OrthodoxChristianity.net
July 30, 2014, 11:13:33 AM *
Welcome, Guest. Please login or register.

Login with username, password and session length
News: Reminder: No political discussions in the public fora.  If you do not have access to the private Politics Forum, please send a PM to Fr. George.
 
   Home   Help Calendar Contact Treasury Tags Login Register  
Pages: « 1 2 3 4 5 6 7 »  All   Go Down
  Print  
Author Topic: Patriarch Bartholomew is ready to accept the Pope's primacy  (Read 28835 times) Average Rating: 0
0 Members and 1 Guest are viewing this topic.
Veniamin
Fire for Effect!
Archon
********
Offline Offline

Faith: Orthodox Christian
Jurisdiction: OCA Diocese of the South
Posts: 3,372


St. Barbara, patroness of the Field Artillery


« Reply #45 on: November 28, 2007, 05:48:54 PM »

I'm defending the theological position of the Ecumenical Patriarchate concerning ecumenism.  A quick search of recent documents from the ecumenical movement would show that to be true. 

And we know that the EP's position is the Orthodox one as a per se rule.   Roll Eyes
Logged

Artillery adds dignity to what would otherwise be a vulgar brawl. ~Frederick the Great
Νεκτάριος
Protokentarchos
*********
Offline Offline

Posts: 5,437



« Reply #46 on: November 28, 2007, 05:55:37 PM »

And we know that the EP's position is the Orthodox one as a per se rule.   Roll Eyes

If you believe that the Patriarchate's position is not Orthodox, then it would only make sense to sever communion.  Complaining about and saying one's bishops aren't Orthodox makes no sense to me.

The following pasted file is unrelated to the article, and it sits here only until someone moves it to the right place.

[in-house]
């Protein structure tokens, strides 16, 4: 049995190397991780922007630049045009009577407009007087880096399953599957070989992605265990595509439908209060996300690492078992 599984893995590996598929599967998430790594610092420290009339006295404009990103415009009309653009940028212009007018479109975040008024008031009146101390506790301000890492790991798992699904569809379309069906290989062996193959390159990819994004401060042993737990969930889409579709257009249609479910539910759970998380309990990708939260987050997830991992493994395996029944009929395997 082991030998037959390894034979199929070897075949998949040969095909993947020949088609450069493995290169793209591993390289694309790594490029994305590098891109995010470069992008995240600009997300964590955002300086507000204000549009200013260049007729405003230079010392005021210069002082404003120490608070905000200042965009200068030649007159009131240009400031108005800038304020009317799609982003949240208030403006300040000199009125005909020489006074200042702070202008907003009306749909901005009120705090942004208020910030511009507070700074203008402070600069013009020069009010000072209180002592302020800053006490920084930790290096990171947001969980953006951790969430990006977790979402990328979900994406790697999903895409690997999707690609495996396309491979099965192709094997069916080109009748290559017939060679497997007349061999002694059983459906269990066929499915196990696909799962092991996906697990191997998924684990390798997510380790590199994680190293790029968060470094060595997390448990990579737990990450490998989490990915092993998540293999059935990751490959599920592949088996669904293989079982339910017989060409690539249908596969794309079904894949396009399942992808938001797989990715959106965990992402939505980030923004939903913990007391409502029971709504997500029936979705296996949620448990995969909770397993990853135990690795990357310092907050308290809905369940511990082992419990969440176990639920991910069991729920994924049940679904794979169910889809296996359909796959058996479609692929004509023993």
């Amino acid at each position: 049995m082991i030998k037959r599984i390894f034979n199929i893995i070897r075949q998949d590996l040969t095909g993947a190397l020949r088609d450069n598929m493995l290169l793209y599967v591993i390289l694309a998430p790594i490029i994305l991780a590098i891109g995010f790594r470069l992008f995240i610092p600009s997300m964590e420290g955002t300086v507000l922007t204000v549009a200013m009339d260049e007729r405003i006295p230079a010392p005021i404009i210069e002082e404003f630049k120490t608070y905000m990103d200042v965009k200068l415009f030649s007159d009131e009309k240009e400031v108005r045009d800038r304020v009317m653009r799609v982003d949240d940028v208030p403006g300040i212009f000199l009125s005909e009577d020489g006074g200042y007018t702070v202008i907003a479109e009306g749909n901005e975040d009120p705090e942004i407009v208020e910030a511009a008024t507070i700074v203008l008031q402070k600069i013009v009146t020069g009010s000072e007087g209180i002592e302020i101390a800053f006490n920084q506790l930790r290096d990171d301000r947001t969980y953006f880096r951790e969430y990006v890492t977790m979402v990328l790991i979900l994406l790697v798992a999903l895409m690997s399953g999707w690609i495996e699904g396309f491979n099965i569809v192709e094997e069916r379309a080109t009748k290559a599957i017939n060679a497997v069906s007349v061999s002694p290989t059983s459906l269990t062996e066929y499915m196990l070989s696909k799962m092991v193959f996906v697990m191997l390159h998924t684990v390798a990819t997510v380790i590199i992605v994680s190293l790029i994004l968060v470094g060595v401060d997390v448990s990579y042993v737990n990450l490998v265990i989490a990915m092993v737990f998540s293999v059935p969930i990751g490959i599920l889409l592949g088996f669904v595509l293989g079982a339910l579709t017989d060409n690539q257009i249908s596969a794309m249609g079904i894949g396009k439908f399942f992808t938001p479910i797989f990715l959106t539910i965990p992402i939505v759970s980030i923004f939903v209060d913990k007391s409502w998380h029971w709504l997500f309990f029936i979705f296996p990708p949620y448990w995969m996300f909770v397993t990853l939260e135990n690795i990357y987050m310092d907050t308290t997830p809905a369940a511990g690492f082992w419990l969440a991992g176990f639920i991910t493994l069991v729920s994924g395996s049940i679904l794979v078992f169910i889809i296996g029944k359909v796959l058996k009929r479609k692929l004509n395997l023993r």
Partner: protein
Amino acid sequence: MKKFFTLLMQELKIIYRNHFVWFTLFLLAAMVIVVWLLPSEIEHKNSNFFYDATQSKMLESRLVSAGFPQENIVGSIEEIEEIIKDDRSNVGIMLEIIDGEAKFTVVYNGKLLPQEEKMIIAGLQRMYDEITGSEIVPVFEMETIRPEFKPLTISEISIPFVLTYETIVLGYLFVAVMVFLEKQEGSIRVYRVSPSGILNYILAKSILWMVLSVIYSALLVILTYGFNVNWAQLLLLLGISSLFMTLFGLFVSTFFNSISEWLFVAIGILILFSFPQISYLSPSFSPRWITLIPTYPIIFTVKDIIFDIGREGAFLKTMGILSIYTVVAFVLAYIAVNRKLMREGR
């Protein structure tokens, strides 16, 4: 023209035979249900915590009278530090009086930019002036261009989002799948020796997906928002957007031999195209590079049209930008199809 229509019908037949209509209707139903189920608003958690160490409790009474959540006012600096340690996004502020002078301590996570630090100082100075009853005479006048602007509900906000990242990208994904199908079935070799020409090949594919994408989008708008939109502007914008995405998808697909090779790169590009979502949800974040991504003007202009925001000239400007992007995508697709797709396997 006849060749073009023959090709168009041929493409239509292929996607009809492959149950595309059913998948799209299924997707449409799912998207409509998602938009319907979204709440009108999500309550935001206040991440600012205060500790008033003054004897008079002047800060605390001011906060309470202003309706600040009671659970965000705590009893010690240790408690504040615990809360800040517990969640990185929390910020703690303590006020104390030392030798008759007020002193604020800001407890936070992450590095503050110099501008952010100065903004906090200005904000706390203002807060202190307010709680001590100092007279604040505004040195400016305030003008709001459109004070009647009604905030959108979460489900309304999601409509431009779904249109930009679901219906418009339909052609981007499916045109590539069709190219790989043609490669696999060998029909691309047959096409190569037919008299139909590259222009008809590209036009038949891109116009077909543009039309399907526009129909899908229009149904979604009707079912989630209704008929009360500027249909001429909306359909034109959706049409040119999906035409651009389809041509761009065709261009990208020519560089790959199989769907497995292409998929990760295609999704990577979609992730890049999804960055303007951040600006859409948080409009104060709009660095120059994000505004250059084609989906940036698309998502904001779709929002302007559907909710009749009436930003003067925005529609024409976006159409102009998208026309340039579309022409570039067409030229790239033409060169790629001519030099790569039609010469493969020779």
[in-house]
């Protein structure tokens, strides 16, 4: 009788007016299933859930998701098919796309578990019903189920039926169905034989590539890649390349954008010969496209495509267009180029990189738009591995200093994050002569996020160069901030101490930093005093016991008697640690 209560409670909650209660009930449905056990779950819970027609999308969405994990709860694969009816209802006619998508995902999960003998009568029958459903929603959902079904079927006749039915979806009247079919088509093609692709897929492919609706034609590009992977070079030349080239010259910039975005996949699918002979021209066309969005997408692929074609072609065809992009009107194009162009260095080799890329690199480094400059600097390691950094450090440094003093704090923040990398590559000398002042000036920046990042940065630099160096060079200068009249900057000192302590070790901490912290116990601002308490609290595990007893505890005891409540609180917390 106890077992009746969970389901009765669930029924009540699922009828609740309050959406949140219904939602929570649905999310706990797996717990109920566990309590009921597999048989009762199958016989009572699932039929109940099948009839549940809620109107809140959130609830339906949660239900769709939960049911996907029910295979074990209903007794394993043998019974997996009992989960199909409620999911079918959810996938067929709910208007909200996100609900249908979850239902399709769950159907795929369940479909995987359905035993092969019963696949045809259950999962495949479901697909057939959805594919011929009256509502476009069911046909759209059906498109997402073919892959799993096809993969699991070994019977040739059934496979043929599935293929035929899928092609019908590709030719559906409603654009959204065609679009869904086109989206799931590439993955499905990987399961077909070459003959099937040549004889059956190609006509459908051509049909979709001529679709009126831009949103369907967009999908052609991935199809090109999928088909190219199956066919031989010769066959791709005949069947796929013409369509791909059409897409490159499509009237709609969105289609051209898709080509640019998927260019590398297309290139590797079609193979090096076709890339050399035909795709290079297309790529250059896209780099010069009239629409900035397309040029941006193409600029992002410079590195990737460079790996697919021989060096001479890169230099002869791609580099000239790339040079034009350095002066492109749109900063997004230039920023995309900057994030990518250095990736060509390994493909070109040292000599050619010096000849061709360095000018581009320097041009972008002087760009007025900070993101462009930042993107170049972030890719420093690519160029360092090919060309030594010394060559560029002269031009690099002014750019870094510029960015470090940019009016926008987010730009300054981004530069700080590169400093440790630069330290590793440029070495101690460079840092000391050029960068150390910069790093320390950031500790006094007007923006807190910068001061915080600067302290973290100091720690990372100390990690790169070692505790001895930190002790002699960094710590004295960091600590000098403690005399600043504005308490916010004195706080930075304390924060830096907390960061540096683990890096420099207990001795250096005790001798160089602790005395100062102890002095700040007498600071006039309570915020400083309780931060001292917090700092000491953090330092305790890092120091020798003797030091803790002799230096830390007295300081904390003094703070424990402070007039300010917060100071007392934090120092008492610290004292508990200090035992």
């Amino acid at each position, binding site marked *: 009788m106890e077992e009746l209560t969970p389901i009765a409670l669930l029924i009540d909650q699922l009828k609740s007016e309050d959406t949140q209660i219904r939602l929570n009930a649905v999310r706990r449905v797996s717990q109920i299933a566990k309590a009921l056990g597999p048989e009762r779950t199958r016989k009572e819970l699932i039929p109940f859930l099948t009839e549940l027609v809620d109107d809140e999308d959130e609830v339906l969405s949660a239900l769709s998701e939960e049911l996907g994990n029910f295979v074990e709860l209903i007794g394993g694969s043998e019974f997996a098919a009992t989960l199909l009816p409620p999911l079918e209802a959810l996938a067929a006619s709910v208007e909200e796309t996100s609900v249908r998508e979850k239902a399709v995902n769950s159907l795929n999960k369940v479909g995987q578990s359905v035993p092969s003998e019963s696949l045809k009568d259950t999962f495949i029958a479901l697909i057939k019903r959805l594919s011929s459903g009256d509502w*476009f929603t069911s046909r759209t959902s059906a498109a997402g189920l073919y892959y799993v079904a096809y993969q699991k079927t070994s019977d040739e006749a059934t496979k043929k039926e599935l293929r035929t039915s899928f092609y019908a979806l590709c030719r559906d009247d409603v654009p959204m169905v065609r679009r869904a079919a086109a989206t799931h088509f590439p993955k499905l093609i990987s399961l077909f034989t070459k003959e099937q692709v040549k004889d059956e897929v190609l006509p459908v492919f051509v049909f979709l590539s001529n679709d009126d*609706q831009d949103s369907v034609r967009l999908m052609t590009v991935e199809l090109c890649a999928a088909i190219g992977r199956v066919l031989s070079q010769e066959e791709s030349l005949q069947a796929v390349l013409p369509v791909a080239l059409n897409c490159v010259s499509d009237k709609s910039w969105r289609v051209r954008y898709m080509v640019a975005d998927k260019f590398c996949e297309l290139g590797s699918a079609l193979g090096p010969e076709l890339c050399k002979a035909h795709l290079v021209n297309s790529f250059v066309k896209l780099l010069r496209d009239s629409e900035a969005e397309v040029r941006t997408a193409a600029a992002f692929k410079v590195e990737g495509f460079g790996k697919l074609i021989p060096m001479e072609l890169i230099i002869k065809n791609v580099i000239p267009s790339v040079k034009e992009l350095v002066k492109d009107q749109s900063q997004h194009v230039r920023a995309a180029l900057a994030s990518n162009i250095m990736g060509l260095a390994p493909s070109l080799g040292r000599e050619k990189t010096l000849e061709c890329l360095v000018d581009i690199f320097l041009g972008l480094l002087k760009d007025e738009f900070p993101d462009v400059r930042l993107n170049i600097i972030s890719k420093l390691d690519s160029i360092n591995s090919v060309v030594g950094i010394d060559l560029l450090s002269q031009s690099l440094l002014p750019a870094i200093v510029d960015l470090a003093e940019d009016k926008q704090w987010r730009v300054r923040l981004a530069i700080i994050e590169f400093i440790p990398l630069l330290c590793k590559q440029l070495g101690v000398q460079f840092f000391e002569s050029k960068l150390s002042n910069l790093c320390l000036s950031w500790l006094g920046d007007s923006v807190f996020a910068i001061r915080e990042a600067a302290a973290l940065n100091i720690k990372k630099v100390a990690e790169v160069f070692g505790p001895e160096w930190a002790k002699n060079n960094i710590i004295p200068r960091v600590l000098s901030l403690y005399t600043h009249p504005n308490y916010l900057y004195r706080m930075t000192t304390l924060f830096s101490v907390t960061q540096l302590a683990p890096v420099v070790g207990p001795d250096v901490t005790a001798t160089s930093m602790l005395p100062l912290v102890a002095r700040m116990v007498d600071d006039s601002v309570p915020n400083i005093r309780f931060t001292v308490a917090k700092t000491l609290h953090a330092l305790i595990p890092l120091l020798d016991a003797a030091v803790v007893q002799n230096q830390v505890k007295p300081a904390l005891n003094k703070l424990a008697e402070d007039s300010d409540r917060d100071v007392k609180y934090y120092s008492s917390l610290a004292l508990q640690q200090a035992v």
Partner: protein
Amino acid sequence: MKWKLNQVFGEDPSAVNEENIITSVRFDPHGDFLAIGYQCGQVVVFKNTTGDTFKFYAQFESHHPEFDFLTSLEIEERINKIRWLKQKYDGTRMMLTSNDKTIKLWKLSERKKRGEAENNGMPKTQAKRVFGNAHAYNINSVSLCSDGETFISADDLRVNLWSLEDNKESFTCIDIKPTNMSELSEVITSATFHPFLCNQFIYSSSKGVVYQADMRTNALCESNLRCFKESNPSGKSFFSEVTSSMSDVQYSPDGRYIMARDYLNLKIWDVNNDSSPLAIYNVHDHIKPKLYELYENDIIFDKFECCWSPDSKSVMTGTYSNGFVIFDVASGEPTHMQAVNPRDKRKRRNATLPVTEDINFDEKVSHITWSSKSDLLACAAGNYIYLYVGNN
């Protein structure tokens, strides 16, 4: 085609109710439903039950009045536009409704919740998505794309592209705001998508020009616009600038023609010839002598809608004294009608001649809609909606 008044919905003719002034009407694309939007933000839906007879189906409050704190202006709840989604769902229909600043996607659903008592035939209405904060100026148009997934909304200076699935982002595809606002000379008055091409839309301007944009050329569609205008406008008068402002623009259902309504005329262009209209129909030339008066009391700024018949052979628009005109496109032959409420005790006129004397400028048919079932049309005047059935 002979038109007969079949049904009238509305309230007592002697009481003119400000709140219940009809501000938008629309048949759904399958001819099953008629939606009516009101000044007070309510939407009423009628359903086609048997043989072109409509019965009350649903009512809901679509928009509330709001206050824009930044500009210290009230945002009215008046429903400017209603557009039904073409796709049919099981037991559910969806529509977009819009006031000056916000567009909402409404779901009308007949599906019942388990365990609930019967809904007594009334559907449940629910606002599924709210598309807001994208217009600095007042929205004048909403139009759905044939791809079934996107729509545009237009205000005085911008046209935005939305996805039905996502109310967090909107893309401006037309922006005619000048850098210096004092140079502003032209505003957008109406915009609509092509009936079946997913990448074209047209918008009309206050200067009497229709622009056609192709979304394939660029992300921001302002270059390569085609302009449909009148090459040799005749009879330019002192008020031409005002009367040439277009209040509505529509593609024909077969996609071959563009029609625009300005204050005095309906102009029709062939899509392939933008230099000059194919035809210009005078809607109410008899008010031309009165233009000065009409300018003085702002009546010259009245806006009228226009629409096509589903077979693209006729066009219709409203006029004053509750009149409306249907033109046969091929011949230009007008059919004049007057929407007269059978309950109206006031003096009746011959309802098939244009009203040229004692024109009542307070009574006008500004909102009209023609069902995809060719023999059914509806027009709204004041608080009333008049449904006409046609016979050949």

I have tremendous respect for groups like the GOC as they are consistent in their position.  Their faithful believe ecumenism is an heresy and hence have joined themselves to like minded bishops.  I don't think the policy of all my bishops in my jurisdiction and those with whom it is in communion are un-Orthodox, but I'm Orthodox since I complain about them on an internet forum has much historical justification. 
Logged
JoeS
(aka StMarkEofE)
Site Supporter
OC.net guru
*****
Offline Offline

Faith: Orthodox Catholic
Jurisdiction: OCA
Posts: 1,122


Global Warming Enthusiast.


« Reply #47 on: November 28, 2007, 05:56:45 PM »

Patriarch Bartholomew is ready to accept the Pope's primacy

Is the Patriarch doing this as an individual or is he assuming all of Orthodoxy?

 Huh
Logged
Αριστοκλής
Merarches
***********
Offline Offline

Faith: Orthodox Catholic
Jurisdiction: American Carpatho-Russian Orthodox Diocese
Posts: 10,026


« Reply #48 on: November 28, 2007, 05:59:44 PM »

Patriarch Bartholomew is ready to accept the Pope's primacy

Is the Patriarch doing this as an individual or is he assuming all of Orthodoxy?

 Huh

No, JoeS. He's not by either standard. His thinking hasn't changed one iota from what it always has been.
Logged

"Religion is a neurobiological illness and Orthodoxy is its cure." - Fr. John S. Romanides
TinaG
I am not a pessimist - I'm just grimly realistic!
High Elder
******
Offline Offline

Faith: Orthodox
Jurisdiction: OCA
Posts: 870


If only my family were this normal !


WWW
« Reply #49 on: November 28, 2007, 06:25:25 PM »

I ask everyone's forgiveness for my post if it sounded harsh or judgemental and for setting us against each other and causing strife.